The second paper, by Seidler and Plotkin (2006), contributed to our discussion on dispersal by demonstrating the importance of morphological traits on seed dispersal of trees in tropical region. Dispersal limitation is a potential mechanism for separating species in space and reducing competitive exclusion as stated by Seidler and Plotkin (2006). These authors investigated the spatial distribution of trees in a 50-hectare plot of primary tropical forest. By evaluating the dispersal morphologies and fruit sizes of 561 species, these authors clearly show the importance of this species traits on their spatial distribution. Animal-dispersed species exhibited significantly larger cluster sizes than species not dispersed by animals (Seidler and Plotkin, Fig. 2). This study has important theoretical implications, but I found it very interesting that the morphological traits of the plants could be linked to clustering because clustering is well known to reduce alpha diversity at small spatial scales, as well as, increase turnover and thus increase beta and gamma diversity at larger scales.  Thus this paper seems to imply a link between the individuals’ traits and the community diversity properties.

disperal_fig

Stochastic and Deterministic Mechanisms of Assembly

Recently in seminar we discussed two influential papers:

  • Vellend, B. M. 2010. Conceptual Synthesis in Community Ecology. The Quarterly Review of Biology 85:183–206. (pdf)
  • Chase, J. M. 2007. Drought mediates the importance of stochastic community assembly. Proceedings of the National Academy of Sciences of the United States of America 104:17430–17434. (pdf)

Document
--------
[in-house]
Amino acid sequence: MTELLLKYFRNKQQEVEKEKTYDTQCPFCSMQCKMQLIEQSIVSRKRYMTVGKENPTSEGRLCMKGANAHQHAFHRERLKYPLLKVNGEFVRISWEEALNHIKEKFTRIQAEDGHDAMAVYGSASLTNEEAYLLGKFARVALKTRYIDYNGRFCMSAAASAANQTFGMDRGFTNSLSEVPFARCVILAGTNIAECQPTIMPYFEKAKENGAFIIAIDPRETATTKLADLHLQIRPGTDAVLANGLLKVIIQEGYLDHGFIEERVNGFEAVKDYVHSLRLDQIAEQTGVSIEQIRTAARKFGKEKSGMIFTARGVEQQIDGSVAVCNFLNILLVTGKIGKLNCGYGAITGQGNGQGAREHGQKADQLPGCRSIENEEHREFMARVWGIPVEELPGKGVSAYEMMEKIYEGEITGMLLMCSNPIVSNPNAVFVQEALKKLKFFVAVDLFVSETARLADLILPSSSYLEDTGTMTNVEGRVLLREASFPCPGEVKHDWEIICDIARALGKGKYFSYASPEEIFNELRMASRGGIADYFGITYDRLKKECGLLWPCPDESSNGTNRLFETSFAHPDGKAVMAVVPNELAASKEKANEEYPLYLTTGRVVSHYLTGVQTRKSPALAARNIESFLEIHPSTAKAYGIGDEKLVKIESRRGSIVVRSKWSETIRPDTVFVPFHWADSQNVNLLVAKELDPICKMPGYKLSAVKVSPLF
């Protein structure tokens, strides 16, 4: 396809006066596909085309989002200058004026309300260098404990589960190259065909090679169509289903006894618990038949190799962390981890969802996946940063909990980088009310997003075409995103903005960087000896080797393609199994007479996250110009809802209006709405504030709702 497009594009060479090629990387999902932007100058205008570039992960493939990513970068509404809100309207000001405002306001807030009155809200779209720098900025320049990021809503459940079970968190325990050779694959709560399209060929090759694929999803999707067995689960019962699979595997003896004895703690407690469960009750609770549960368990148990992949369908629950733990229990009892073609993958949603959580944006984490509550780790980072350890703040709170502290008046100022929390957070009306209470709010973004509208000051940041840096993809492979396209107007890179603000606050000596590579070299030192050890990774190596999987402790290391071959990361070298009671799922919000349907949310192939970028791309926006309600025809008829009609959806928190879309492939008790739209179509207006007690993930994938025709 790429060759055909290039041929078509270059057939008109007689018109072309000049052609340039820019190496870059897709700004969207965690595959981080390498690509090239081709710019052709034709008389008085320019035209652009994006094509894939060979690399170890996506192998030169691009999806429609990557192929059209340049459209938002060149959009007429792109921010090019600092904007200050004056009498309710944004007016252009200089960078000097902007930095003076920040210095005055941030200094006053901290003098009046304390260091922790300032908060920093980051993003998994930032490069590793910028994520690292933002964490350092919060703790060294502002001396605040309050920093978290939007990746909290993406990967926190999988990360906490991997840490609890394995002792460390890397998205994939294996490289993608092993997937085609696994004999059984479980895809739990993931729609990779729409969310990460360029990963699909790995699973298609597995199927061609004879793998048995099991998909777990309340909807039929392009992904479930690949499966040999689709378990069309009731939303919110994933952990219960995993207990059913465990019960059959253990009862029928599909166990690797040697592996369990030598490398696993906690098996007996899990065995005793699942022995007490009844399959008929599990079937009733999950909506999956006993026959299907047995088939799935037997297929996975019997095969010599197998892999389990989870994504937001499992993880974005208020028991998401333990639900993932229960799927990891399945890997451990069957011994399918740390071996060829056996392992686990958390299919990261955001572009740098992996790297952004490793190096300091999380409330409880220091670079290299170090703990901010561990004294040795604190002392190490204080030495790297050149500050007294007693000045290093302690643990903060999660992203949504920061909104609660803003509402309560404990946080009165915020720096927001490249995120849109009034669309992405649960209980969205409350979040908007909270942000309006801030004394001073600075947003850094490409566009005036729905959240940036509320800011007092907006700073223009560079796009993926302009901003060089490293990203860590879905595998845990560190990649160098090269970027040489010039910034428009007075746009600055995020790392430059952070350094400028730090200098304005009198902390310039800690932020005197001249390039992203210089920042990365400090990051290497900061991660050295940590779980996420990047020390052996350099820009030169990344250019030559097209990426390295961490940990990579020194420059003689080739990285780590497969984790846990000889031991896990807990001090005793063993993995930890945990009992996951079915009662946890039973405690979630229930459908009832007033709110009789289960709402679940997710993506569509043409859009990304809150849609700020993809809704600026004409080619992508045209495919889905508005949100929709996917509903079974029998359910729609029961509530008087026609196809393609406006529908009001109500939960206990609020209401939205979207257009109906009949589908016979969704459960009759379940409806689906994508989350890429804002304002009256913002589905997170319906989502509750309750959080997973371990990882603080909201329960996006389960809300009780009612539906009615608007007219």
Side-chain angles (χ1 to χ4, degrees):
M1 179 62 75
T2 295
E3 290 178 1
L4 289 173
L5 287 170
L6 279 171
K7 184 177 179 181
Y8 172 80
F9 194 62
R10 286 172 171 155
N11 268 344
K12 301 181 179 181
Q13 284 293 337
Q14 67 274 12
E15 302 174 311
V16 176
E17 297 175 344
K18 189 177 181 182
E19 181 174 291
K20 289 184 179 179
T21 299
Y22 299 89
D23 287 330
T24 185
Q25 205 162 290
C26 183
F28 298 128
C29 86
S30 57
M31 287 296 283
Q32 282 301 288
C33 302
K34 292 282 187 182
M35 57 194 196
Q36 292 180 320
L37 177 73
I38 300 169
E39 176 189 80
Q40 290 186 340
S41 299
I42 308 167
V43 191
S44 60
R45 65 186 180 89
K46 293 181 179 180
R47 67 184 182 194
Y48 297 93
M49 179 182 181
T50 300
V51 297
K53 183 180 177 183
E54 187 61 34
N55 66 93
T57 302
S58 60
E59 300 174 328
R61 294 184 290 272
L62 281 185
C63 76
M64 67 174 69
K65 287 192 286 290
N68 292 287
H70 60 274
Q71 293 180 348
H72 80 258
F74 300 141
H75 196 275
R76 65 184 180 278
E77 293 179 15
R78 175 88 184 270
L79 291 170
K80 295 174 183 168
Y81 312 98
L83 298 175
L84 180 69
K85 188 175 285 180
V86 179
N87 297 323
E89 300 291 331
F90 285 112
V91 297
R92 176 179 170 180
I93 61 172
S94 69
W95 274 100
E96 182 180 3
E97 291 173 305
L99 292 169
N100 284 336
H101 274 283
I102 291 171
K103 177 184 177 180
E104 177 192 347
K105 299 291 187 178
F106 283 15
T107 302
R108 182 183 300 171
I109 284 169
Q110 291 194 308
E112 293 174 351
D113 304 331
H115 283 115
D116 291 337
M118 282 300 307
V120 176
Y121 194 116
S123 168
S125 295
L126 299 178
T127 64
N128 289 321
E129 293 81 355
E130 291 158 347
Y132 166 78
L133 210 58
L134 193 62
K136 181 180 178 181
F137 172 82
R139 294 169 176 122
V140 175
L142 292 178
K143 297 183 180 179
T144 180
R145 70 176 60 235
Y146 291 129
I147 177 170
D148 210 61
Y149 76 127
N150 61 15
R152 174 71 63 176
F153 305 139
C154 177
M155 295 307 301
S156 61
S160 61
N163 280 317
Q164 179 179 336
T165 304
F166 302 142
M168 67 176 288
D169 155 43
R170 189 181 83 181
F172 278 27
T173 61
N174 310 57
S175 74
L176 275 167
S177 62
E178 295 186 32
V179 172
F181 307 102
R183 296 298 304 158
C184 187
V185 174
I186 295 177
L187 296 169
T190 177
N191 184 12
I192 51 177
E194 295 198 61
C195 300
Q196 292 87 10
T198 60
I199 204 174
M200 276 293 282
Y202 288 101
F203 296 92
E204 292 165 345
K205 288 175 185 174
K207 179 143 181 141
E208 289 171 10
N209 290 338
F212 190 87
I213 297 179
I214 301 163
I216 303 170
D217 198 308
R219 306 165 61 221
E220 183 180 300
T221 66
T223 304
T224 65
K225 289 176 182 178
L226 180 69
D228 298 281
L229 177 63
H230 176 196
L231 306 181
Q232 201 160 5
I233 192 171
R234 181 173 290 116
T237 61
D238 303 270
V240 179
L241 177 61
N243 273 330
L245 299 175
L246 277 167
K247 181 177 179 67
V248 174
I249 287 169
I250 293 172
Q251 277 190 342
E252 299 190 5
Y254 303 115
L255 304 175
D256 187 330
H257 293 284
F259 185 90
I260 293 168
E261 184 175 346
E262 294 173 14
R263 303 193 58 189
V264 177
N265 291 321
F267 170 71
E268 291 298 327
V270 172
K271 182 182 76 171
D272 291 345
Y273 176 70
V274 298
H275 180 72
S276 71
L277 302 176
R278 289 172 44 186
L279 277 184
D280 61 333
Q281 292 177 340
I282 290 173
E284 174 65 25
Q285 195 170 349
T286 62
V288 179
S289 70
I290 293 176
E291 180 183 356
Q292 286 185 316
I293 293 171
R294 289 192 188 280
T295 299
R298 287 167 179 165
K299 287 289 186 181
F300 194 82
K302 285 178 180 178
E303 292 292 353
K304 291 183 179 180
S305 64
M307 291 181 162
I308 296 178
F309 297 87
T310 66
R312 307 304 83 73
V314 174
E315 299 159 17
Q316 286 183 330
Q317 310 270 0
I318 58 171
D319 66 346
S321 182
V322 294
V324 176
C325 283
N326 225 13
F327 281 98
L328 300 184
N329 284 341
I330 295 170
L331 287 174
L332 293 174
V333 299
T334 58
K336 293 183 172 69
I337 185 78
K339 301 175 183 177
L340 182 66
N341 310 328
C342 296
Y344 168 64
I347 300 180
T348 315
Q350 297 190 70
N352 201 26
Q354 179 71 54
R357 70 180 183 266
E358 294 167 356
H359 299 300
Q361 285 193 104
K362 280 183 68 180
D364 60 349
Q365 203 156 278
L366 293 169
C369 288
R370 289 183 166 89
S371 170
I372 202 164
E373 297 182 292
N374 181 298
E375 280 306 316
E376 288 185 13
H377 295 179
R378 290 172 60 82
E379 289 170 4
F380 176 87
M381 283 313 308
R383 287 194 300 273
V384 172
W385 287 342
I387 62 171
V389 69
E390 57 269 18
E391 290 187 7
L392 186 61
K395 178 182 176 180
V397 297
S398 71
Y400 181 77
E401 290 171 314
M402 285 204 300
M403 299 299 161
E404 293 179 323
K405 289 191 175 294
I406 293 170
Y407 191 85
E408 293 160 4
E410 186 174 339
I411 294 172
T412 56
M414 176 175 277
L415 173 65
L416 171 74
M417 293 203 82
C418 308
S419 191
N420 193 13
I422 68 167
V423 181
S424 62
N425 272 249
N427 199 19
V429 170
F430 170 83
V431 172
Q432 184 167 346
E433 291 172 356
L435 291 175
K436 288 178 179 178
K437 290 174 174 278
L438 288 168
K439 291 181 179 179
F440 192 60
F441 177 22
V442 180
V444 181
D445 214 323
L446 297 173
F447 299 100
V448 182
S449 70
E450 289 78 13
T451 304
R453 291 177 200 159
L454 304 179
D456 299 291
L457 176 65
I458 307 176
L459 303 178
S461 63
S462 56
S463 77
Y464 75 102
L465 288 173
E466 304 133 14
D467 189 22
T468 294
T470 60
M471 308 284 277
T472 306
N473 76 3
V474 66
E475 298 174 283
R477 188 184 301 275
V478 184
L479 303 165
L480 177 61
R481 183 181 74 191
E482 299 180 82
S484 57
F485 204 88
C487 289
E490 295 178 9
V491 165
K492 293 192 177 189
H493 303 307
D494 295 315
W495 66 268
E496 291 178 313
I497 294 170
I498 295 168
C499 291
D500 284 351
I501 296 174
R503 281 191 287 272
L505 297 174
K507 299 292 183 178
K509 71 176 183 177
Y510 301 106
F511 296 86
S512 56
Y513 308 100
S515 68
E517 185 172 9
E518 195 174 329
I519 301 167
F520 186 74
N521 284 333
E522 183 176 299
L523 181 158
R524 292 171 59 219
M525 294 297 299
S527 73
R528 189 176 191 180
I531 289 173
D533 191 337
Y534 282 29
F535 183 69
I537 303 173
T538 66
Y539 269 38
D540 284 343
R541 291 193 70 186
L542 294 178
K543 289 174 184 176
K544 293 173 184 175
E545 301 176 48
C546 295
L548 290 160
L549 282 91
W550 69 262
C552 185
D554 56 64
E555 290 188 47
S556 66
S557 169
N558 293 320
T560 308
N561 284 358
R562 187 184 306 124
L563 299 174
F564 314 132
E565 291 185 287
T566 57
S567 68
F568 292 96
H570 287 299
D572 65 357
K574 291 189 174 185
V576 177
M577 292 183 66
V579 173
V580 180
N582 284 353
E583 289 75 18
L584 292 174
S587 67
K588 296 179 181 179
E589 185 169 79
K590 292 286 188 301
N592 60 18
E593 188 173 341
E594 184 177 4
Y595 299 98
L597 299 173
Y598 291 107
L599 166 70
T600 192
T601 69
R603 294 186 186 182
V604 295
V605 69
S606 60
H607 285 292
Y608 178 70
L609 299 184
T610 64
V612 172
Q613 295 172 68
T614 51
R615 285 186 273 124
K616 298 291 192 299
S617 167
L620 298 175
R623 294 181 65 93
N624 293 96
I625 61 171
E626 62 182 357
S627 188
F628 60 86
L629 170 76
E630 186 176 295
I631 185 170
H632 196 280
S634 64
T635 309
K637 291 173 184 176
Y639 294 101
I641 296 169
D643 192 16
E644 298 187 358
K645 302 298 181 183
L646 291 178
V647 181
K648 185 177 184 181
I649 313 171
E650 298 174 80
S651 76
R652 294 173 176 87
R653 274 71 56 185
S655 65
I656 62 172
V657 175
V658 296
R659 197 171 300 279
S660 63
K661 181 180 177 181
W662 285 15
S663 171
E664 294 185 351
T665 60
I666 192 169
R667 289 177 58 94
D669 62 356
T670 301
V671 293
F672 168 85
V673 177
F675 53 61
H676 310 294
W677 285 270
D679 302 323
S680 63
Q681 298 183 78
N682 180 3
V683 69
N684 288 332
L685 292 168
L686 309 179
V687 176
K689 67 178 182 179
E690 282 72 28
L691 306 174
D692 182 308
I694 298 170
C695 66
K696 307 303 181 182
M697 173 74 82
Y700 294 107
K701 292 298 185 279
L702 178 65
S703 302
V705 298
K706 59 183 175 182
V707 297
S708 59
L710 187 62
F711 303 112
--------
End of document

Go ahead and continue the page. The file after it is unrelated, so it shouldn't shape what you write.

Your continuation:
I chose these papers because I feel that they do a good job of both laying the conceptual and practical groundwork necessary to advance  the debate between the relative importance of stochastic and deterministic processes in community ecology.

Before our discussion began there was a flurry of interesting tweets inspired by the readings:

tweet2 tweetsbeth_ross_tweetThese tweets helped set the tone for our discussion and led to some interesting discussion.

The key questions that we discussed during the seminar were:

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Introduction to Community Assembly

The first day of the USU community assembly seminar was a great success. We have a really excellent group of ecologists that seem excited to discuss the latest ideas in community assembly. To get the group all on the same conceptual page and to provide some historical context into the study of community assembly I put together a short lecture that summarizes the existing conceptual framework of community assembly and delves into the origins of the various ideas that it is based upon. The slides to my talk are here, enjoy!

References:
Palmer, M. W. 1994. Variation in species richness – towards a unification of hypotheses. Folia Geobotanica & Phytotaxonomica 29:511–530.

HilleRisLambers, J., P. B. Adler, W. S. Harpole, J. M. Levine, and M. M. Mayfield. 2012. Rethinking Community Assembly through the Lens of Coexistence Theory. Annual Review of Ecology, Evolution, and Systematics 43:227–248.

see the blog’s bibliography for additional references

Seminar Details

wildlife

Printable Course Flyer (pdf)

Biol 6750 sec 007

Graduate Seminar
1 credit hour

Course Description

This course will explore important contemporary papers (from the last 10 years) that are pioneering new methods of studying ecological community assembly.  The course will be organized as a seminar in which each week a different paper or concept is shared with the group.  The emphasis of the course will be on the intersection of different approaches to understanding community assembly including but not limited to the role of functional traits, phylogenetic conservatism, dispersal limitation, environmental filtering, and eco-evolutionary dynamics.  The papers will cover theoretical, experimental, and data-intensive evidence for the importance of different mechanisms underlying species coexistence, abundance, and spatial and temporal distributions.

Day and Time– Thursday, 2pm in BNR 132

Advanced undergraduates allowed with permission.

If you are interested in attending contact:

Dr. Daniel J. McGlinn
Department of Biology, BNR 132
daniel.mcglinn[at]usu.edu
@danmcglinn on twitter